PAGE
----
30 Aug 2017
China’s Dental-care Sector Wide Open
The oral healthcare sector in China is among the key beneficiaries of the State Council's commitment to nurturing the growth of specialist medical-care providers. Indeed, a combination of Central Government backing and surging demand among older consumers is expected to usher in a period of explosive growth in the mainland's oral-care market.
Historically, the Chinese mainland has lagged behind many of developed countries in terms of general awareness of the importance of oral health, as well as in the number and quality dental care providers.
Demand in the oral-healthcare sector, however, has grown significantly in recent years, a development driven by changing consumer priorities, greater emphasis on personal grooming, and wider overall awareness of the importance of oral health. According to industry statistics, the mainland oral-care market is worth about Rmb100 billion (US$14 billion), while the market value of dental equipment and related products and services is expected to exceed Rmb400 billion by 2020.
Some 300 million mainlanders are tipped to visit dental clinics each year, a figure expected to grow at a rate of 13 to 15 per cent for the foreseeable future. Among the most in-demand treatments by dental patients are teeth-whitening and orthodontic services.
"The next five years will be a golden age for China's dental and oral-care market,” said Wang Xing, Honorary President of the Chinese Stomatological Association, the Beijing-headquartered body that represents oral-care professionals. “Our present level of service providers, however, can only meet about 20 per cent of demand, a clear indication that there is huge scope for expansion."
Li Jialin, a Senior Executive with Beyond Dental and Health, a Beijing-based medical device manufacturer, said that there’s especially strong potential in the rural area. “Many people in the more rural areas are now far more aware of the importance of oral health. This is partly because a number of rural dentists have promoted dental health, a development that has driven expectations among local patients."
As consumer demand increases, the number and size of the mainland's oral medical practices will inevitably grow dramatically, particularly in the private sector. Some 20 years ago, public oral-care institutions outnumbered their private counterparts by a ratio of about four to one. The number of private operators has since surged, with several large chain-operated hospitals now dominating the sector.
Attracted by the potentially high returns, several investors have prioritised the oral-care sector. Among the most high profile are Legend Holdings, which invested Rmb1 billion in the Bybo Dental Group in 2014, and GGV Capital, which backed the Malo Clinic with an Rmb85 million investment in 2016. For its part, the Wanda Group announced plans to invest Rmb9 billion in opening 300 dental clinics in partnership with Sichuan University's West China Hospital of Stomatology later this year.
A shortage of experienced managers and qualified staff, however, has hampered growth in the private oral-care sector. The situation has been eased somewhat by a government ruling that doctors are now free to practice across multiple sites.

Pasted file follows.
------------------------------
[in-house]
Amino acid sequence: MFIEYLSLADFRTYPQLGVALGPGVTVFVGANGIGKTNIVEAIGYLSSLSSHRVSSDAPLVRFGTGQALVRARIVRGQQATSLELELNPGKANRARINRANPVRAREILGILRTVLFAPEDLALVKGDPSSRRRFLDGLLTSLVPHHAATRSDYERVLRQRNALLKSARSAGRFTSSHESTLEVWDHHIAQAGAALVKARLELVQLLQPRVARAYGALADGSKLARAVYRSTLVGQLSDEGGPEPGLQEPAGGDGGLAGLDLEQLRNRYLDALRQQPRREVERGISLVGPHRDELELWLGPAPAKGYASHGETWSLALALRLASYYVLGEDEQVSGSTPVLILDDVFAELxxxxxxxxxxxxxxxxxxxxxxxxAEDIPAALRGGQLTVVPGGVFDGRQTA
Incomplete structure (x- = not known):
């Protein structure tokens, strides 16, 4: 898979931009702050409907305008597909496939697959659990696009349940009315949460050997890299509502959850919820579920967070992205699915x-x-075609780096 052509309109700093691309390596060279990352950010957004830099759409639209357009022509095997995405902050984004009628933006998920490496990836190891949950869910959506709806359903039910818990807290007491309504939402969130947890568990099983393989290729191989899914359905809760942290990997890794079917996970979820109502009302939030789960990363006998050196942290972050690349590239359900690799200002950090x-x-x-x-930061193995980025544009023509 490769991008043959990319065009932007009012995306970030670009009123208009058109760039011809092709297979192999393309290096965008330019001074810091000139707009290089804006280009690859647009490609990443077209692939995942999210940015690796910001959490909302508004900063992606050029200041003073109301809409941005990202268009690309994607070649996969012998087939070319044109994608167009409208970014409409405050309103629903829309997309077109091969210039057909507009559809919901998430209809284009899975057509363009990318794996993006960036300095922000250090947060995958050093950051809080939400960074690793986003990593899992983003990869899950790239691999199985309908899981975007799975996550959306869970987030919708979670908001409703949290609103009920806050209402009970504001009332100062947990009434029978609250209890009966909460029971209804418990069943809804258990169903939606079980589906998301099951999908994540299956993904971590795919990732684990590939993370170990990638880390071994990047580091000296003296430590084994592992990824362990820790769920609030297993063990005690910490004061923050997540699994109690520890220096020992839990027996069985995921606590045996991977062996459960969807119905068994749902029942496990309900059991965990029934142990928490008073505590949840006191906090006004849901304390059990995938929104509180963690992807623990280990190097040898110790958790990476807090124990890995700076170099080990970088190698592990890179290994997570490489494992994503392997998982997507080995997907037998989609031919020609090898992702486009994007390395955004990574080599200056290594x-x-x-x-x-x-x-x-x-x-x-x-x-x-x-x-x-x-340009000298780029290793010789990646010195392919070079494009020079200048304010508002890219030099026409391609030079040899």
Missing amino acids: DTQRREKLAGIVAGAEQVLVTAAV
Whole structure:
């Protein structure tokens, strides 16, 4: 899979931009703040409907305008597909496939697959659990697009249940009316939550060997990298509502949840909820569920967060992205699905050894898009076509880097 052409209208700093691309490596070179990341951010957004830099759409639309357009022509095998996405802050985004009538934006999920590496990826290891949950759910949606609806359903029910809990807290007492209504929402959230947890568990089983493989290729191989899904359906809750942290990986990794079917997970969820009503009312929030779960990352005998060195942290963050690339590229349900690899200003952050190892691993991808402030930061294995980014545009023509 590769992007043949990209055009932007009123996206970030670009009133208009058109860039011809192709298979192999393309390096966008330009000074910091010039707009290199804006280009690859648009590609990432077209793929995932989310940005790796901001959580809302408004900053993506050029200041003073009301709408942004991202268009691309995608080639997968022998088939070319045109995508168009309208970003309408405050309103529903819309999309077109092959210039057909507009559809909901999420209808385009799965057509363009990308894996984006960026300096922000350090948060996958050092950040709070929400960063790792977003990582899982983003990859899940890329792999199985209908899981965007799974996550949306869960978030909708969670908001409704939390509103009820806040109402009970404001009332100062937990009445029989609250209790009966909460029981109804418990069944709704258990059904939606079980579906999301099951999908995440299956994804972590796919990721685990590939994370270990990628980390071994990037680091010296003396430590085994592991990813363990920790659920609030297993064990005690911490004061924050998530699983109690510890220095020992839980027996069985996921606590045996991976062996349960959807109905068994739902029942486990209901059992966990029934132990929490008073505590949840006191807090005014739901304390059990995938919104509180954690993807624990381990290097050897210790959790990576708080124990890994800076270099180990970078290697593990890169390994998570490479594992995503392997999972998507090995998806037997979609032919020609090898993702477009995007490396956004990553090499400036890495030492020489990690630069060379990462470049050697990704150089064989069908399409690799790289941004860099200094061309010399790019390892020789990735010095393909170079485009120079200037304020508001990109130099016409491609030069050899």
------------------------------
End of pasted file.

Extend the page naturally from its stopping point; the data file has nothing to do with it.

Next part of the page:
"Given the favourable policy signals, I would expect many of the larger private oral-care companies to open a chain of dental clinics to meet the growing demand across the country," said Gan Baoxia, President of the Private Oral Medical Care branch of the Chinese Stomatological Association.
Increasing the number of small to medium-sized local clinics is believed to best suit the needs of the mainland market.
"People want access to dental care in their own neighbourhoods. They don't want to travel to faraway hospitals every time they have a problem," according to one industry insider.
Challenges and Opportunities
Despite growing demand and government support, the mainland oral-care market still faces considerable challenges, including a shortage of both the required equipment and properly trained personnel. The industry also lacks management experience, while many of the existing care facilities are considered sub-standard.
With sustained policy support and growing dental-health awareness among the general population, funding is expected to be available to close this technology and skills gap. This should see the level of available equipment, staff capabilities and overall clinic management brought more closely in line with international norms.
One area that has raised concern is the practice of using inferior or counterfeit materials for tooth implants, denture work or braces, with some unscrupulous private dental clinics deliberately sourcing low-grade alternatives passed off as genuine articles. Increased regulation and greater patient awareness, however, are expected to see such practices abolished.
In terms of medical devices, Beyond Dental and Health’s Li Jialin sees meeting consumer demand and expectations as the priority for his company. At present, he sees teeth-whitening technology and medical devices that reduce damage to teeth as having particularly good prospects.
Among the most pressing issues, though, is a lack of formal qualifications among practitioners in the mainland's oral-care sector, with some reportedly only attending short training sessions before setting up practice.
"Many such courses only really teach you how to make quick money, while what the mainland dental sector really needs is a higher level of professional technical training,” said Li Kai, a Technical Supervisor with the Hong Kong Academy of General Dental Practice.
"Overall, China's dental clinics are about 20 years behind Hong Kong's in terms of staff and equipment. In this regard, the sector represents a real opportunity for Hong Kong businesses."
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